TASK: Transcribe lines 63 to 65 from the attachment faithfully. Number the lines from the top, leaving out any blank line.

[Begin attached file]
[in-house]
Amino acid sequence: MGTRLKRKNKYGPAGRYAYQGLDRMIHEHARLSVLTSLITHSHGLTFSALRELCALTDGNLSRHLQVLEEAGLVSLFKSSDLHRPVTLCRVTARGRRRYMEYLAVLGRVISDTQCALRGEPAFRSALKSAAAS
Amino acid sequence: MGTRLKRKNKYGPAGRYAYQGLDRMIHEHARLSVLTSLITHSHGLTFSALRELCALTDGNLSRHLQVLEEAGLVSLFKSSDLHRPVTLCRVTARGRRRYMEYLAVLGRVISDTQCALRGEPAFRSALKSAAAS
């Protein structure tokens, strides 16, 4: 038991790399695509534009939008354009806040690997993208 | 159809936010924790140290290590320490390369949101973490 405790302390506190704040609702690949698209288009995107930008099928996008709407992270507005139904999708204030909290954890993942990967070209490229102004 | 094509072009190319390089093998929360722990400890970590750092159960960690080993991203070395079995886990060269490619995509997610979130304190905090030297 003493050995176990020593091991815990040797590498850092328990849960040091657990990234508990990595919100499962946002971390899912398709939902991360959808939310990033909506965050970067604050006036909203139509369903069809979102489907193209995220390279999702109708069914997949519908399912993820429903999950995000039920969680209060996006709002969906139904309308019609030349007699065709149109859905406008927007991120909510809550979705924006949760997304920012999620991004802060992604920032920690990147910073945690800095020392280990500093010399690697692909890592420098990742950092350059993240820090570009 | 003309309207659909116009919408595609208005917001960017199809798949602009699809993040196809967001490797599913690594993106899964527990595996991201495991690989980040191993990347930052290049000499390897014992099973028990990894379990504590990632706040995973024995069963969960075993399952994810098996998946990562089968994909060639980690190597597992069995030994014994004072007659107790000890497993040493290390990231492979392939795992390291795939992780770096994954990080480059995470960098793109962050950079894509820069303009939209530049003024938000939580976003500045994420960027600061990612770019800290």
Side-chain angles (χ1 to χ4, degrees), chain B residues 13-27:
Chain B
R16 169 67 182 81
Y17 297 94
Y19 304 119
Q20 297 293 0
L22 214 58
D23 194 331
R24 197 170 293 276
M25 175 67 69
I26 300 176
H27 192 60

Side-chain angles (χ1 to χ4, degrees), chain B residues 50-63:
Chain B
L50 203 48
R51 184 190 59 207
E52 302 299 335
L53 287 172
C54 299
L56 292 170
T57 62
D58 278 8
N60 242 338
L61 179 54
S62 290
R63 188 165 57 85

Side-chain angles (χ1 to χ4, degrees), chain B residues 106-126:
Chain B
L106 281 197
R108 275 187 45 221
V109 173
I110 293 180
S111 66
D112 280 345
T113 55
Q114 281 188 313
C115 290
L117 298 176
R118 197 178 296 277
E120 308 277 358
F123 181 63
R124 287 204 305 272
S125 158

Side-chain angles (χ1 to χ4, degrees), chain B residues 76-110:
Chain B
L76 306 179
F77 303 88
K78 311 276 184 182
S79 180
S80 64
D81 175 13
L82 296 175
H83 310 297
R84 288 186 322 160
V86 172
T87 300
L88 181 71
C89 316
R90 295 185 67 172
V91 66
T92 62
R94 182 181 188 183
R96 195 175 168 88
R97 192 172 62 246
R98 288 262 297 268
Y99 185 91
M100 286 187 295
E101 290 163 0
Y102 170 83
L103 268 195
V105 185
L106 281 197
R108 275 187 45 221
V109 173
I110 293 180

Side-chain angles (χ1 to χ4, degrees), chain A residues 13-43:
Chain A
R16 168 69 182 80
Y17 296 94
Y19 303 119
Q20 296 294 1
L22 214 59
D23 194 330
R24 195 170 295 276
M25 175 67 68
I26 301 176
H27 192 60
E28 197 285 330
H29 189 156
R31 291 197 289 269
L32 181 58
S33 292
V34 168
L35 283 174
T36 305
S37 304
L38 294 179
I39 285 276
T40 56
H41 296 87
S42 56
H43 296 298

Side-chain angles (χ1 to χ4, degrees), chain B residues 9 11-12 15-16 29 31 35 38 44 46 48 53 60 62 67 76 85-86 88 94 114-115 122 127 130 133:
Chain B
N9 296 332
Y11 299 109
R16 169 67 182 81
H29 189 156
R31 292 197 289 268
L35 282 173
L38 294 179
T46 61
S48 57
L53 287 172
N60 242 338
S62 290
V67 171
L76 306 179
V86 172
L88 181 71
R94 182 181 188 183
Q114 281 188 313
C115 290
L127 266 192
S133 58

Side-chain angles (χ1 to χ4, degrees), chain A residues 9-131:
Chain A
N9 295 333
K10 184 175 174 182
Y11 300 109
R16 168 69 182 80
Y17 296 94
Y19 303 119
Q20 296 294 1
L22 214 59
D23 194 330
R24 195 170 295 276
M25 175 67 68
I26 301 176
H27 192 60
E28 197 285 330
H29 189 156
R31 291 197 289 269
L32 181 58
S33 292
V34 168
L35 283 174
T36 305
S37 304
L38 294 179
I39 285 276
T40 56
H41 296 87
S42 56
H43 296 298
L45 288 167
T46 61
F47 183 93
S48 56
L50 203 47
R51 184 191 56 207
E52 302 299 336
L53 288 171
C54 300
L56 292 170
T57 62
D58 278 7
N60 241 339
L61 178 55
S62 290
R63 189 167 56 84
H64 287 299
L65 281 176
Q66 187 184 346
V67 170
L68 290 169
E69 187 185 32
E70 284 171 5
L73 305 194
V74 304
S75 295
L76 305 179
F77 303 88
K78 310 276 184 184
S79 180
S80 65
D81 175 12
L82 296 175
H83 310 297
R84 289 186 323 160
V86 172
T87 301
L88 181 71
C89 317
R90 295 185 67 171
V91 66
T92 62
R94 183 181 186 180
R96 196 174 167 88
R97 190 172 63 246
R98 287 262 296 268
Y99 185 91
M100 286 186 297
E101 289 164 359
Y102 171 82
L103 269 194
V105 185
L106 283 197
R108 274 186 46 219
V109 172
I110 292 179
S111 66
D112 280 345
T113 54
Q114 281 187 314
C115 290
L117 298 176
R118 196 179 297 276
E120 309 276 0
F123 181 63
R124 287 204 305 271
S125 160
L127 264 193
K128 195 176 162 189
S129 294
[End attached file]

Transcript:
R90 295 185 67 172
V91 66
T92 62